The Medication Rick Steves Swears By To Fight Jet Lag

When Taylor Swift flew from Tokyo to Las Vegas to watch boyfriend Travis Kelce play in the Super Bowl, he expressed surprise and amazement that she was able to make it there without being jet-lagged. To which she allegedly jokingly replied, via Us Weekly, "Jet lag is a choice." For those of us without private planes, though, jet lag may be less of a choice and an inescapable part of traveling across time zones. But not to worry — professional international traveler Rick Steves has any number of great travel tips, including a prescription to fighting jet lag — zolpidem.


You may not have heard of zolpidem, but you've probably heard of its brand name — Ambien. On his website, Steves wrote, "I must admit that the sleep aid zolpidem [..] has become my friend in fighting jet lag," before going into why and when he suggests people take medication to help handle this problem. For Steves, it sounds like he takes it to help him on his first night of a big trip: "Managing a good seven hours of sleep a night in Europe (or after flying home) hastens my transition to local time. That way, I'm not disabled by sleepiness that first afternoon and can stay awake until a decent bedtime."

Always follow Ambien medication guidelines and consider side effects

If you've ever found yourself lying awake in the middle of the night and watching the clock tick by unable to fall asleep as much as you want to and knowing how much you need to, being able to take a pill and fall asleep quickly sounds like a dream. But it's important to consider some important factors when it comes to getting a prescription for zolpidem and always talk to your doctor about any medications that you're taking.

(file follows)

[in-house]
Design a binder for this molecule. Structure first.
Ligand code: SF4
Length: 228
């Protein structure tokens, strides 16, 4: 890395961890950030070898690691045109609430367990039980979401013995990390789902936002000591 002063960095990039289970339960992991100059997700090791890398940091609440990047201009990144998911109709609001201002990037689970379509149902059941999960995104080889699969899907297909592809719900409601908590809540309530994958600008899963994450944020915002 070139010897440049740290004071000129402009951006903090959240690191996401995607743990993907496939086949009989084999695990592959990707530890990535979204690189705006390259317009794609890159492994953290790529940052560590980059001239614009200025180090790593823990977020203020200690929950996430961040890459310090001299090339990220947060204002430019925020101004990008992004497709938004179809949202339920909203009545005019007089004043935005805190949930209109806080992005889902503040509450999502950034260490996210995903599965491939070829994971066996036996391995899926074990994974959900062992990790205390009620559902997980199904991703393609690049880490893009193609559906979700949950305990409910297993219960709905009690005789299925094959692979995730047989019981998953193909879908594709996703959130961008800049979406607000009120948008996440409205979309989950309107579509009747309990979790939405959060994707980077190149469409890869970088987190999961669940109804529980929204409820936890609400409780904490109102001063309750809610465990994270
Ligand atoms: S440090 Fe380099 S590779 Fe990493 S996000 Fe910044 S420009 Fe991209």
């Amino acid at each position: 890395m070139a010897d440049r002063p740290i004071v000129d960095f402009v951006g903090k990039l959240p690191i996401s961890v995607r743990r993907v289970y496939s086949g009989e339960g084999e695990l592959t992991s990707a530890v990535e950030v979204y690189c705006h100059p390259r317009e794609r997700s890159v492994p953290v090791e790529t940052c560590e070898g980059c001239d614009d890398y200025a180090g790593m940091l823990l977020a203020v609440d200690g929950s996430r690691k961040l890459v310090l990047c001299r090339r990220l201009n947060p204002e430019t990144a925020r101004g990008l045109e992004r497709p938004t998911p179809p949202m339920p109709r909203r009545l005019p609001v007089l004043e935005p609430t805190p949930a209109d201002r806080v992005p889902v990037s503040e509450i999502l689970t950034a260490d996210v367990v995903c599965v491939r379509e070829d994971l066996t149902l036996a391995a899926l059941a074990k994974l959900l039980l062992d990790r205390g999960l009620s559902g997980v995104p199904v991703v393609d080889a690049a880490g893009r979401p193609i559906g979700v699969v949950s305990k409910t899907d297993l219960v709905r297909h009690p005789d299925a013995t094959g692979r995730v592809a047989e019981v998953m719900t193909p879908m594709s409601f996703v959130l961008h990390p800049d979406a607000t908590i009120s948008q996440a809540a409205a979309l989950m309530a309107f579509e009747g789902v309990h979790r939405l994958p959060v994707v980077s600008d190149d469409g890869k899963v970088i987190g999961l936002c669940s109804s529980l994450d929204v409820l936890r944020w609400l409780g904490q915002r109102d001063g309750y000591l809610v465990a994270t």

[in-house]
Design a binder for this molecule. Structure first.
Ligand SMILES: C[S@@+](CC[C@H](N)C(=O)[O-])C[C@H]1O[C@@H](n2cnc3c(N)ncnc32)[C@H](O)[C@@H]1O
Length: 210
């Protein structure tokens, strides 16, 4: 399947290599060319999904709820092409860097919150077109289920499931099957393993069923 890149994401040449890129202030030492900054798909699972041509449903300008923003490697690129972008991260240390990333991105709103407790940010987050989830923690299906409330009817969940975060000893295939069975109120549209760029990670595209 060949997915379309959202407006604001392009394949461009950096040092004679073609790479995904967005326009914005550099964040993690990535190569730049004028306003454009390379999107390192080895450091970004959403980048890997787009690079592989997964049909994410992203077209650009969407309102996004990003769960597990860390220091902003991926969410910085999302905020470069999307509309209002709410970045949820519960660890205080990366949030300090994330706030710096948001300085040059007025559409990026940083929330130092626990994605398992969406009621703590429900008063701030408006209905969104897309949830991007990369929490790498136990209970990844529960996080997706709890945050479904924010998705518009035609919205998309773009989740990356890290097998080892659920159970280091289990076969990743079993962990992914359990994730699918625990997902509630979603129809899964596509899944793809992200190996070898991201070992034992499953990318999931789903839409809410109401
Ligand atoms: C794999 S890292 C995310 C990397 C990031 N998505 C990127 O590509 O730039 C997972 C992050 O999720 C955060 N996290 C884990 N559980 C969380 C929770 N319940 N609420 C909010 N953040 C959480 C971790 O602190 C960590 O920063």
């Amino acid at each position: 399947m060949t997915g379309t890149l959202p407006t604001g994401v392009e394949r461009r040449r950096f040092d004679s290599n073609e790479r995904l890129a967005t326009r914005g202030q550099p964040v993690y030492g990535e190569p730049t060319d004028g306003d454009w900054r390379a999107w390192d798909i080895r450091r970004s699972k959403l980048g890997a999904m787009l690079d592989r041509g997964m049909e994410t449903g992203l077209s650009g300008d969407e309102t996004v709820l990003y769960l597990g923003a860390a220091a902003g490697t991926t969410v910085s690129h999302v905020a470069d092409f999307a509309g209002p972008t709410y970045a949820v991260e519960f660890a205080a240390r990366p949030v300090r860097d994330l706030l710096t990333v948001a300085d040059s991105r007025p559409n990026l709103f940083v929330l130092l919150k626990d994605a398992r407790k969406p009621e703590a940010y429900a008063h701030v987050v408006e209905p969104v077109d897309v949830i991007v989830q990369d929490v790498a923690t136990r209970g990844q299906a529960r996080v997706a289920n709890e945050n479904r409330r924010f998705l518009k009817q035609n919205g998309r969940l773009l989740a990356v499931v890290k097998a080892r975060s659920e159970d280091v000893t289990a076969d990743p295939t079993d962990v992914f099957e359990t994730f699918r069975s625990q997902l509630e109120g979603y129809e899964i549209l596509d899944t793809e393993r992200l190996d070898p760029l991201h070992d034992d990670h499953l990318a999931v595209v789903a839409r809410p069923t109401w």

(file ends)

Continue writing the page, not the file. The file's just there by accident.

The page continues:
Rick Steves noted that zolpidem can have side effects. Some of those include drowsiness, headaches, and nasal congestion, according to the Cleveland Clinic. He also reminded people that could potentially become dependent on zolpidem. There is a relatively low risk that zolpidem use will become a problematic addiction; however, there is still a risk, per Mayo Clinic. That's why you should use it just on occasion, like for the first night of a trip to help counter jet lag, as compared to relying on it long-term to help you get to sleep.

You should also use it when you have time for a full night's sleep — seven to nine hours. Don't take it if you need to be up and about in less time since the medicine will still be in your system, and don't pair it with alcohol.


Getting a good night's sleep will help but not eliminate jet lag

The goal with taking medication like zolpidem isn't that it will completely wipe away jet lag; it will inevitably take your body awhile to adjust to time zone changes — up to a day for each hour difference. There's really no way around that. But it can help you get some much-needed sleep to help boost your chances of adjusting more quickly to the daylight hours at your destination. Because after you've followed Rick Steves' tips to planning a successful vacation, you don't want being sleepy and jet-lagged to ruin that well-planned out trip.


Getting a full night's sleep with the help of a sleeping aid is just one way to help counter jet lag. If you arrive early in the day at your destination, avoid taking a hot shower after your flight and brave a cold shower to help wake up your body. Steves also recommends staying awake until early evening in your new time zone to help get your body used to the new rhythm and prevent you from waking up at 3 am with nothing to do but stare at the ceiling.

So while you may not be able to just Taylor Swift the situation and choose to not have jet lag, if you've often found yourself unable to sleep on your first night of vacation, check in with your doctor to see if a prescription for zolpidem makes sense for you. It works for Steves.